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WASHINGTON, DC - APRIL 02: U.S. Rep. Adam Schiff (D-CA) speaks to a reporter after a news conference in front of the U.S. Supreme Court April 2, 2019 in Washington, DC. Congressional Democrats held a news conference ... WASHINGTON, DC - APRIL 02: U.S. Rep. Adam Schiff (D-CA) speaks to a reporter after a news conference in front of the U.S. Supreme Court April 2, 2019 in Washington, DC. Congressional Democrats held a news conference to call on the Trump administration to "halt legal assault on Americans' health care." (Photo by Alex Wong/Getty Images) MORE LESS
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May 29, 2019 9:35 a.m.

Let me return to one point on impeachment and another on the 2020 election.

Yesterday JustSecurity.org published this article by Michael Stern on how convening an impeachment inquiry would strengthen the House’s hand in gathering information on the Trump White House and President Trump himself. It’s exhaustive and I recommend it. The point of the article is to show that an impeachment inquiry really would strengthen Congress’s hand.

To me though the detailed summary actually reveals the opposite. There is at least one area where it likely would strengthen investigators’ hand: getting hold of grand jury testimony, though that is of fairly limited significance. But the argument that it would increase Congress’s power is almost entirely based on readings of the constitution which suggest it should do so and implications in earlier court decisions which suggest it might do so.

The critical flaw in this argument, at least from a practical and predictive standpoint, is that it relies entirely on judges – ultimately the Supreme Court majority – adopting the same reasoning or picking up on the same implications in court decisions, many of which are almost 50 years old. There’s really nothing about the current federal judiciary and especially the current Supreme Court, which is of course the ultimate decider, that suggests either will happen.

Of course if the five Justice majority adopts a purely outcome-based jurisprudence and finds arguments, however strained, to back up President Trump’s stonewalling at every turn then none of it matters anyway. I don’t think that will happen. I think they’ll decide every remotely close call in his favor, regardless of their implications of earlier precedent or their own personal reasoning in past cases. They may do much more. I think they’ll do at least some more. But thinking they’ll adopt these arguable or plausible implications in earlier cases in the House’s favor seems a fool’s errand.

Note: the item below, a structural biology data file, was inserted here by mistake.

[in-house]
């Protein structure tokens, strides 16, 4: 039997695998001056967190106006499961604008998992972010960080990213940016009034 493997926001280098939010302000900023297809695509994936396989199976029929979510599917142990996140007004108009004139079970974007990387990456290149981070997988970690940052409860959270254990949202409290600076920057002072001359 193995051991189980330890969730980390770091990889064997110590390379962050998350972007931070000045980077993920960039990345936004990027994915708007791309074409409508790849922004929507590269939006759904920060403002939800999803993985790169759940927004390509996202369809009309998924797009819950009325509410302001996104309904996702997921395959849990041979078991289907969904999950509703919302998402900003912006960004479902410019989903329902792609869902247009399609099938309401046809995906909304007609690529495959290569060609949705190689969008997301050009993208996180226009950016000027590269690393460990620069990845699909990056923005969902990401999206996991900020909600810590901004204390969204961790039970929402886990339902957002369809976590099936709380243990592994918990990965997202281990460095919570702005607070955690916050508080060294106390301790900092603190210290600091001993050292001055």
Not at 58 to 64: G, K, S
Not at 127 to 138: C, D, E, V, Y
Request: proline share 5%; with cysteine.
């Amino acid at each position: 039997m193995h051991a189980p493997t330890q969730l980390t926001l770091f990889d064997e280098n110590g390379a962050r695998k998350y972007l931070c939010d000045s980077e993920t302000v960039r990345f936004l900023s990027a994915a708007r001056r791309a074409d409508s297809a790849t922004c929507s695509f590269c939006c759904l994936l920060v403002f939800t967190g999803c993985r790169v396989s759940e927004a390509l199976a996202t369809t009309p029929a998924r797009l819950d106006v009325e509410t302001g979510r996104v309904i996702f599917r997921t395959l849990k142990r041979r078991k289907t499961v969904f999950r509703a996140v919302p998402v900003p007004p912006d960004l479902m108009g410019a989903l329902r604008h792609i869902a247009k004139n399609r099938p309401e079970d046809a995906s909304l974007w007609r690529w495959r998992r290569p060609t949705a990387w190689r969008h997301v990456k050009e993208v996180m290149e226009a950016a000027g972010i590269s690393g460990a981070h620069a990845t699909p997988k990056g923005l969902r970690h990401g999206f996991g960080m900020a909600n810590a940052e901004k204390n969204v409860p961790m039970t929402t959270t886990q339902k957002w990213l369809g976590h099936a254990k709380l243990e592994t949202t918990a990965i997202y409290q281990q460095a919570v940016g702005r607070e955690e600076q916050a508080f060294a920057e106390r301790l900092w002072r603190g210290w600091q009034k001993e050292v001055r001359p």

Of course, this is only one argument for impeaching the President and few would put it forward as the deciding one. But viewed from this perspective, this article shows me the weakness not the strength of this argument.

I’ll try to address the broader questions soon.

Next, the 2020 election.

Yesterday I explained why I don’t think these economics-based predictive models should change our current take on the 2020 election. It’s not that they’re wrong. They just don’t tell us much we don’t already know. But there is one reason why they are if not wrong than at least questionable as predictors: the sample size just isn’t big enough. We are 230 years under the US Constitution. But the modern electoral system really only goes back less than a century. And much of the power of these models derives from taking this relatively small sample and finding rules that fit it.

The failure to win three straight elections in 1968 and 1976 were heavily tied to the personal and idiosyncratic decisions of two men: Lyndon Johnson and Richard Nixon – ones that are very hard to tie to metrical factors like the economy and incumbency.

From 1840 to 1960 every president elected at 20 year intervals died in office. It happened like clockwork until it didn’t in 1980. I’m not saying these models are based on something so seemingly coincidental. But I don’t think they tell us more than that under fairly normal, consensual politics, these two factors – incumbency and the economy – play a big role in the outcome. The fact they missed Trump’s numbers so significantly in 2016 should tell us they are poor predictors, especially when we’re operated in the same Trumpian political moment.

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